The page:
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Immediate removal was the correct step

By Bob Ryan
Globe Columnist / November 10, 2011

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There is no quick fix for the disturbing Penn State child molestation scandal, but the healing can now begin with the necessary firing of head coach Joe Paterno.

This is the single biggest story in the history of college sports, an activity that began with a quasi-rugby “football’’ game between Princeton and Rutgers in 1869. It is the biggest for two main reasons.

The first reason is that it involves a heinous crime whose perpetrators generally constitute the dregs of any prison society. There is a unanimity of public opinion: A special circle of Hades should indeed be the eternal resting place of child molesters.

The issue before us is a repugnant crime, not a relatively trivial matter such as a recruiting violation, or a dishonest act such as point shaving. Even a shocking murder at Baylor did not spark the public outrage that this accusation being leveled at longtime Penn State assistant coach Jerry Sandusky has.

The second reason is that the institution in question is Penn State University.

This institution could have been renamed “Joe Paterno University’’ at any time in the past quarter-century. No current person in American academia, nor any person in sports, has become identified with a school to the extent that Joe Paterno has become identified with Penn State University. Penn State is Joe Pa is Penn State is Joe Pa.

So intertwined is Joe Paterno with Penn State that it is no hyperbole to equate the relationship between Joe Paterno and Penn State to that of a charismatic leader and his cult followers.

Rule No. 1 of any cult: No matter how erroneous or damaging his judgment, no one tells the leader what to do. He, and he alone, decides a course of action.

That is exactly what had been going on at Joe Paterno U for years, and we were watching its ultimate manifestation. It was one thing when no one was able to persuade him to retire, but it was quite another level of intimidation when no one seemed to be in position to tell him that if he truly loves the school as much as he says he does that he would serve its best interests by retiring now, rather than waiting until after he had coached three games that, in the context of what’s happening in State College, Pa., are utterly meaningless.

For Joe Paterno to remain on the job for even one more second would have been beyond merely tone deaf or clueless. It would have been madness. It suggested that the leader of the cult had lost the capacity to think clearly. Was there no wife, brother, son, daughter, school authority figure, law enforcement official, or even respected peer intelligent and powerful enough to make him understand the counterproductive nature of his attempt to postpone a long-overdue retirement for three games and then, God forbid, a silly bowl game?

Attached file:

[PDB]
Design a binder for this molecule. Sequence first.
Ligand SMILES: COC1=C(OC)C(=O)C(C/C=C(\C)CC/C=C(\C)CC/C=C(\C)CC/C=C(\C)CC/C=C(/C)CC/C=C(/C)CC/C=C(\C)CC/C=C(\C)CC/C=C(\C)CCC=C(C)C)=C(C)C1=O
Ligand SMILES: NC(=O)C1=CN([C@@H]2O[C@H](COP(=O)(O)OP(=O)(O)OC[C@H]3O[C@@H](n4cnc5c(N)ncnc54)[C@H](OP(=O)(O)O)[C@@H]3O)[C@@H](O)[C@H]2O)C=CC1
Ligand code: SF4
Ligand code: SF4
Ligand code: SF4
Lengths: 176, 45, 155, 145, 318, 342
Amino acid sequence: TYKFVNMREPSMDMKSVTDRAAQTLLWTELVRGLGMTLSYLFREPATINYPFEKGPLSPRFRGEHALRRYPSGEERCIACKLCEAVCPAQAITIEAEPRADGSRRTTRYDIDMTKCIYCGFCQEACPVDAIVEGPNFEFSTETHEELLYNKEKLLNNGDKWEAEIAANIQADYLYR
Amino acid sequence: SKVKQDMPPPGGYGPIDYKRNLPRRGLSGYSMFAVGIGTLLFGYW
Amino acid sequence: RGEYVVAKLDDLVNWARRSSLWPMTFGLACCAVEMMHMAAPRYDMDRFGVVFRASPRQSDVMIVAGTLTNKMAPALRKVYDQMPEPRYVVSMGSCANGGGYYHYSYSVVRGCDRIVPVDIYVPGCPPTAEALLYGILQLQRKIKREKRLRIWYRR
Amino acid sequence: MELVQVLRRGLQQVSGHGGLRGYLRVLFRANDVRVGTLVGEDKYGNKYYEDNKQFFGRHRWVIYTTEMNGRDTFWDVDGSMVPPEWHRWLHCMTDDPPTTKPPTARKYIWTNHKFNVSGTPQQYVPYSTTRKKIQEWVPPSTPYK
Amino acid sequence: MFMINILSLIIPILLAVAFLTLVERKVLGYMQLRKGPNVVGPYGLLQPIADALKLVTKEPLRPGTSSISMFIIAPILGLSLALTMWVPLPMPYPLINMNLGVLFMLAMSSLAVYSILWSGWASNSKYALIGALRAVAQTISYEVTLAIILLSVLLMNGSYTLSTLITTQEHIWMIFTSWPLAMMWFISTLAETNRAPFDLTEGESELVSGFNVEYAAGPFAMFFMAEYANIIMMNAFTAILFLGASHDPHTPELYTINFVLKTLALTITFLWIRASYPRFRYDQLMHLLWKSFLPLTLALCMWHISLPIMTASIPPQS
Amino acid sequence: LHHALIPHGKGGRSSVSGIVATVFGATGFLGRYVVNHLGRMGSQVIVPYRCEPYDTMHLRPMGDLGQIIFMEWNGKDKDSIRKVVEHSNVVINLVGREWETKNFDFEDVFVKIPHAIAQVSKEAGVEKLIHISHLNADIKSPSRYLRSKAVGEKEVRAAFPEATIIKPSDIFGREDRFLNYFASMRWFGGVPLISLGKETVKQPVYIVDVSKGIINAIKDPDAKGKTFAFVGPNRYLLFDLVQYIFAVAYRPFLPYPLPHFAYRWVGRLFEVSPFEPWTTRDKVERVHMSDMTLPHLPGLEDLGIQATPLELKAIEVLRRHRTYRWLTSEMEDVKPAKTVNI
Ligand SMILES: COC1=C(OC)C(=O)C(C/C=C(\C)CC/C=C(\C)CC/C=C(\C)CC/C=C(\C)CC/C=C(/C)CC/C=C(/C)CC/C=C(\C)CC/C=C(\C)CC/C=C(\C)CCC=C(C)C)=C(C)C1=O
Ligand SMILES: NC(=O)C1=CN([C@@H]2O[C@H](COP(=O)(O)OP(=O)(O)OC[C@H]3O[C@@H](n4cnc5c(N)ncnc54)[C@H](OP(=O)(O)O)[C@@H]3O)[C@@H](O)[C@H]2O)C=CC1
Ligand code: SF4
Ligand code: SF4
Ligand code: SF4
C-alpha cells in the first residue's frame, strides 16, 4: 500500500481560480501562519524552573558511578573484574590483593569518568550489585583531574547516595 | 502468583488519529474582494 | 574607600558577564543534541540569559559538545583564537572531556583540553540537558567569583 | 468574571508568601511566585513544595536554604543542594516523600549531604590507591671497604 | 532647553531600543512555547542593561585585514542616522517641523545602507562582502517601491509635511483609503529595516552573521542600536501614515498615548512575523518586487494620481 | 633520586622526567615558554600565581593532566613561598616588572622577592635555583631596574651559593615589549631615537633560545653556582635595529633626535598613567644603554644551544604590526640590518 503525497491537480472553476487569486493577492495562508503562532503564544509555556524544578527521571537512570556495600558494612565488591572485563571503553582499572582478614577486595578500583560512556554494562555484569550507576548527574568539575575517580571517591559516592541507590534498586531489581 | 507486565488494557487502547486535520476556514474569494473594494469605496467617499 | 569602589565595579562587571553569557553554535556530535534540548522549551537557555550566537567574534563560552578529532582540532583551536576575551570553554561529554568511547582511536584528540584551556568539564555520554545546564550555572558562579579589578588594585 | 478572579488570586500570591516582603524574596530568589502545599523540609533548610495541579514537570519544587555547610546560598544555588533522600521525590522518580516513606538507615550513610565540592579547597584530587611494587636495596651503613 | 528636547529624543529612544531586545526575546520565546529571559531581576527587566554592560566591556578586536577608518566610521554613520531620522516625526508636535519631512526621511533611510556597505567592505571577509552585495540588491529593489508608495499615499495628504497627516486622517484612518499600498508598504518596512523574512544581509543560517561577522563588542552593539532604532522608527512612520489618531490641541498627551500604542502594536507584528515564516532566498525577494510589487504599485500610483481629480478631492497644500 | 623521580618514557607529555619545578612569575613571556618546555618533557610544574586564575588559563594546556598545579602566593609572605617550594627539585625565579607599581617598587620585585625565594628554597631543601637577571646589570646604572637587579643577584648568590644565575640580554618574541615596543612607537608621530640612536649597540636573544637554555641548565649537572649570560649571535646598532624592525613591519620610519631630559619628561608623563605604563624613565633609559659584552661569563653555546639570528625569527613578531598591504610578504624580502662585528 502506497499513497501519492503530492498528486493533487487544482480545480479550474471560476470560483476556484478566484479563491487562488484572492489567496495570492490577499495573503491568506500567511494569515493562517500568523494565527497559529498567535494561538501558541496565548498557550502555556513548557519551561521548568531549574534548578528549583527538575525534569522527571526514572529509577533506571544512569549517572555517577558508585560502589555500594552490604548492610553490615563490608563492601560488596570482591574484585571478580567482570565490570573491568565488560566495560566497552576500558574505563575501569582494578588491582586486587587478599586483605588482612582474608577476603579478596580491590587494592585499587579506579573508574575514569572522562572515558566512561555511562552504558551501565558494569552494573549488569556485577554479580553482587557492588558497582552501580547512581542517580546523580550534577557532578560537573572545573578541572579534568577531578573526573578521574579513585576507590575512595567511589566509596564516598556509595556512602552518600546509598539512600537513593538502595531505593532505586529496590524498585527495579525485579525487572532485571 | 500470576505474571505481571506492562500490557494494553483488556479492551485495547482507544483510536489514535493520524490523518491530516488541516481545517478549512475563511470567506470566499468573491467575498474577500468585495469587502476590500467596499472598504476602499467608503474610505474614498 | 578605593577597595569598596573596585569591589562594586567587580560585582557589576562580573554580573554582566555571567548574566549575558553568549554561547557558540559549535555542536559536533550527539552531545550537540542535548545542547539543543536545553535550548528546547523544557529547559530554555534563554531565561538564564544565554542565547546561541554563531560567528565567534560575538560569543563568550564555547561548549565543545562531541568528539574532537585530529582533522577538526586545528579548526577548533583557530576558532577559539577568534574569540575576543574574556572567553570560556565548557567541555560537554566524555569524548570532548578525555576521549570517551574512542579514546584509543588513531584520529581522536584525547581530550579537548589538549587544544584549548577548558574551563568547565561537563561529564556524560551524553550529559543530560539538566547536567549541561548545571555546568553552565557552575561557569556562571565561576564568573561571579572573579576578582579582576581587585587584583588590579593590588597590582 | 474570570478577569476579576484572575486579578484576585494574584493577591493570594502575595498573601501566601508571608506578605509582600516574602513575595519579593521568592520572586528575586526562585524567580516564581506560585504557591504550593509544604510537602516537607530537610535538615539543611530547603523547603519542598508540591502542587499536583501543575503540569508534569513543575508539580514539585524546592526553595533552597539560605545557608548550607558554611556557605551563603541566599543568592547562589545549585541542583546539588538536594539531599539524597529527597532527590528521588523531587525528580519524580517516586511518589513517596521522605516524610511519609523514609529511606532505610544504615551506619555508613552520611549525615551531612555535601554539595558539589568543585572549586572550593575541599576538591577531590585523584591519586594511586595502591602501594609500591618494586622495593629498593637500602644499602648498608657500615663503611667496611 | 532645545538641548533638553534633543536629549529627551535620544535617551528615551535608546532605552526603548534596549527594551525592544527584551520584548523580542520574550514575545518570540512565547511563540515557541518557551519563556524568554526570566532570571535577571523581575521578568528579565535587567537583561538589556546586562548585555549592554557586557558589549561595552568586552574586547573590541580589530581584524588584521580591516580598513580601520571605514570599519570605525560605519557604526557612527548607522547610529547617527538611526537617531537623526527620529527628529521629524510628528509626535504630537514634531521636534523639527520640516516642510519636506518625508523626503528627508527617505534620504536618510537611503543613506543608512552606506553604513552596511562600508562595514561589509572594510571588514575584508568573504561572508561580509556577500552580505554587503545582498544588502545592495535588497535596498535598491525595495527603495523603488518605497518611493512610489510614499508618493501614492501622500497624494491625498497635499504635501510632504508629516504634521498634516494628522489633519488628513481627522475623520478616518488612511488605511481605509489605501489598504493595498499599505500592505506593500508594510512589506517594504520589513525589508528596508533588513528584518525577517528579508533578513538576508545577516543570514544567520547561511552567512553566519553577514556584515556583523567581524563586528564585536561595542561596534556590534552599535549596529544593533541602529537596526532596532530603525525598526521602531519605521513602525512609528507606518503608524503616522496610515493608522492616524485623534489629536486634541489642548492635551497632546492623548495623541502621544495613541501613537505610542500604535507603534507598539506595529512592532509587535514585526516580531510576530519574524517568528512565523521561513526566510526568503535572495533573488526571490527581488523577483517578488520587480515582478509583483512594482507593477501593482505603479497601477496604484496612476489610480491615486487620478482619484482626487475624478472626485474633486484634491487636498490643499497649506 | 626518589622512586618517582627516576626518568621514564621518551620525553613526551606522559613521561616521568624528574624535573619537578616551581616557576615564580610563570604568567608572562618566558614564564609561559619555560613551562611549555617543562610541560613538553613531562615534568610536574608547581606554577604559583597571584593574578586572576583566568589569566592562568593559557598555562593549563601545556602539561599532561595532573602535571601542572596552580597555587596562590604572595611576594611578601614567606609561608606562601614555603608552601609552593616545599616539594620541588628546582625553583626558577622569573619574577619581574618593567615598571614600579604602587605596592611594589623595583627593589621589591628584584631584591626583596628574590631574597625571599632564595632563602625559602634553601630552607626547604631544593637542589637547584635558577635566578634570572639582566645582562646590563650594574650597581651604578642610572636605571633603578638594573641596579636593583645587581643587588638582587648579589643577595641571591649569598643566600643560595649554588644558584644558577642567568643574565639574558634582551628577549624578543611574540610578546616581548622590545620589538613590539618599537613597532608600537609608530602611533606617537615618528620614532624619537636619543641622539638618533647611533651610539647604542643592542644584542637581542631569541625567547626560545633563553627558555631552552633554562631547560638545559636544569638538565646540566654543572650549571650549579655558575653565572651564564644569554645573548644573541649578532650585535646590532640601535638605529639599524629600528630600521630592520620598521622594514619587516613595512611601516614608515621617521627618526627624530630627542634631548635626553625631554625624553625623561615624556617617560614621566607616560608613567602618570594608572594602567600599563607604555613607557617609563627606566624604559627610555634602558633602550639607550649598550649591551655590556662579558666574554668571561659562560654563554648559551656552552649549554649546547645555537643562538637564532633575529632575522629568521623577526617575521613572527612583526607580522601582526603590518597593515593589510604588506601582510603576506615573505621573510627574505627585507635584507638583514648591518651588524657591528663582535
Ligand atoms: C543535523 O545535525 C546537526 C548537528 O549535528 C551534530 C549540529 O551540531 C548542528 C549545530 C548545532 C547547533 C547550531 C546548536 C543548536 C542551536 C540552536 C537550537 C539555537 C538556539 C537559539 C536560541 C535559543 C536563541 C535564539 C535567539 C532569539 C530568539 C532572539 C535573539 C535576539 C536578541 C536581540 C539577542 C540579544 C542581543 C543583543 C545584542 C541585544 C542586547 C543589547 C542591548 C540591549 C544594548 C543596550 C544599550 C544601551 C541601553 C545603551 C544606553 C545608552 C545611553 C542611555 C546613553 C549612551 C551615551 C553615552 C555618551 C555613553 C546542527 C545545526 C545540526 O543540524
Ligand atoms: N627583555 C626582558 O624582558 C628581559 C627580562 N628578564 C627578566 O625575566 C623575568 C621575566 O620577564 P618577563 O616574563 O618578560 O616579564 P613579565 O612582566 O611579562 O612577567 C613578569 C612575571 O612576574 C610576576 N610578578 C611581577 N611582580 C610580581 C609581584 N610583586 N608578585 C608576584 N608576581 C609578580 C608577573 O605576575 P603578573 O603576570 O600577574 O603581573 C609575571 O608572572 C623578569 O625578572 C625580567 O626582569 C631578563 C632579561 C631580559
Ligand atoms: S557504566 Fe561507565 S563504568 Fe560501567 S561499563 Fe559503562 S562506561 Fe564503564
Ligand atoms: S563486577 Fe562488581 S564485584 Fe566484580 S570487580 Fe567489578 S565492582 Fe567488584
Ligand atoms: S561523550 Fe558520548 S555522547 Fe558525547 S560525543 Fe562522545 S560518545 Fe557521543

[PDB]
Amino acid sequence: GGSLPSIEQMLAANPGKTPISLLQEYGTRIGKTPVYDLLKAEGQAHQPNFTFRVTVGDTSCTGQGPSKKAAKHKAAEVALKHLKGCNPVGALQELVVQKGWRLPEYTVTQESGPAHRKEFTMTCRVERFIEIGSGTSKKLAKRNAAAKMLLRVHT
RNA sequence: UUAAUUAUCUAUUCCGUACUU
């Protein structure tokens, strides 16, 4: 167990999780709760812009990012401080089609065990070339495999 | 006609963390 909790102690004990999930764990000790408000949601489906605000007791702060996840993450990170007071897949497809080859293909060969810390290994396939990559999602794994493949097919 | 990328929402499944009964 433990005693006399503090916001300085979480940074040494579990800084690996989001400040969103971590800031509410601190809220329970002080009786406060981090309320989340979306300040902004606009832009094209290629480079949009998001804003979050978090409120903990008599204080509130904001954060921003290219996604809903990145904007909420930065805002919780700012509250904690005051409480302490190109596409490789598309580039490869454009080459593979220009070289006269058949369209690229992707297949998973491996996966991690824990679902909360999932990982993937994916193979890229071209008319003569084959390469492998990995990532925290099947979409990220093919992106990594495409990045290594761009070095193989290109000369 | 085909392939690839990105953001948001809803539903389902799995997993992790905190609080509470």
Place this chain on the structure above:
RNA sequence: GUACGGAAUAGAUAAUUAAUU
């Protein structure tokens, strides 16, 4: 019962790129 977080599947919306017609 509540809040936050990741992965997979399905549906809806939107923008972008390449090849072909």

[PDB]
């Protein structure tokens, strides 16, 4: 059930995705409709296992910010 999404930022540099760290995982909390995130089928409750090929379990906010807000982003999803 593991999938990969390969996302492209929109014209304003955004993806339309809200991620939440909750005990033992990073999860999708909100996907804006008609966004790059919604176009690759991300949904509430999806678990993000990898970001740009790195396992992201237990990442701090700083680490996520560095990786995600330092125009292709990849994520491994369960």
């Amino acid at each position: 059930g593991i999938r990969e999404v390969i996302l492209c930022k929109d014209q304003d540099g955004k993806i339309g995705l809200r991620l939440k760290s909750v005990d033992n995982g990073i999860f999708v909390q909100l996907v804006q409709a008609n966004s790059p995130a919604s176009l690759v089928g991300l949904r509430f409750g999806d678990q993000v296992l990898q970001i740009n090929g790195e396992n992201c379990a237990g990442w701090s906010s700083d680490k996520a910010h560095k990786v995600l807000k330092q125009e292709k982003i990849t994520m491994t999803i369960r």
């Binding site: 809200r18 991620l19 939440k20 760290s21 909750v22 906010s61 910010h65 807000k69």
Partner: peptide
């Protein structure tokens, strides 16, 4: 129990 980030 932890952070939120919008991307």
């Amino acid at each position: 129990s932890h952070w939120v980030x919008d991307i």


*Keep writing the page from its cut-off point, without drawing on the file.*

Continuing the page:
Because of what Joe Paterno has created at Penn State, and because Joe Paterno is Joe Paterno, this really is the biggest story in the 142-year history of college sports. A child molestation story would be news anywhere, but were the alleged molester in question a longtime assistant at Schools X, Y, and Z, would there be this deluge of national media or would the story be on the front page of USA Today two days running or would The New York Times have four separate stories on the subject in one sports section, as it did Tuesday?

This is the most scrutinized story college sports ever has known, and by allowing Joe Paterno to remain as head coach one second longer, the school authorities would have been telling the world that, rhetoric aside, they were not taking the issue as seriously as the rest of the world is. Joe Paterno’s immediate removal is a positive action speaking far louder than a trillion words.

His announcement yesterday certainly sounded sincere. He said, “This is a tragedy. It is one of the great sorrows of my life. With the benefit of hindsight, I wish I had done more.’’

He also said, “My goals now are to keep my commitments to my players and staff and finish the season with dignity and determination. And then I will spend the rest of my life doing everything I can to help this university.’’

What he was slow to acknowledge was that those “commitments’’ he spoke of have been rendered inconsequential by the shocking developments in question. No recruited player is going to bawl himself to sleep with Joe Paterno neither on the sideline nor in the press box for Saturday’s game with Nebraska.

Joe Paterno needed to demonstrate that he has his priorities in order by stepping away from the spotlight. His continuing presence would have been a public reminder that something truly awful was taking place at Penn State, er, Joe Paterno U. If he truly respected the victims and their families, he would have understood this without being told.

It is possible to feel compassion for Joe Paterno. Every last one of us has said or done things, or not said or done things, that we profoundly regret. Fortunately for most of us, the only people our failings have hurt are ourselves. Joe Paterno must live the rest of his life knowing that his failure to act more decisively had dire consequences for the alleged young victims of Jerry Sandusky. Who would wish to walk in those shoes?

Penn State had indulged Joe Paterno far too much. He didn’t have the good sense to retire without coaching another game. Sadly, that decision had to be made for him.

Bob Ryan is a Globe columnist and host of Globe 10.0 on He can be reached at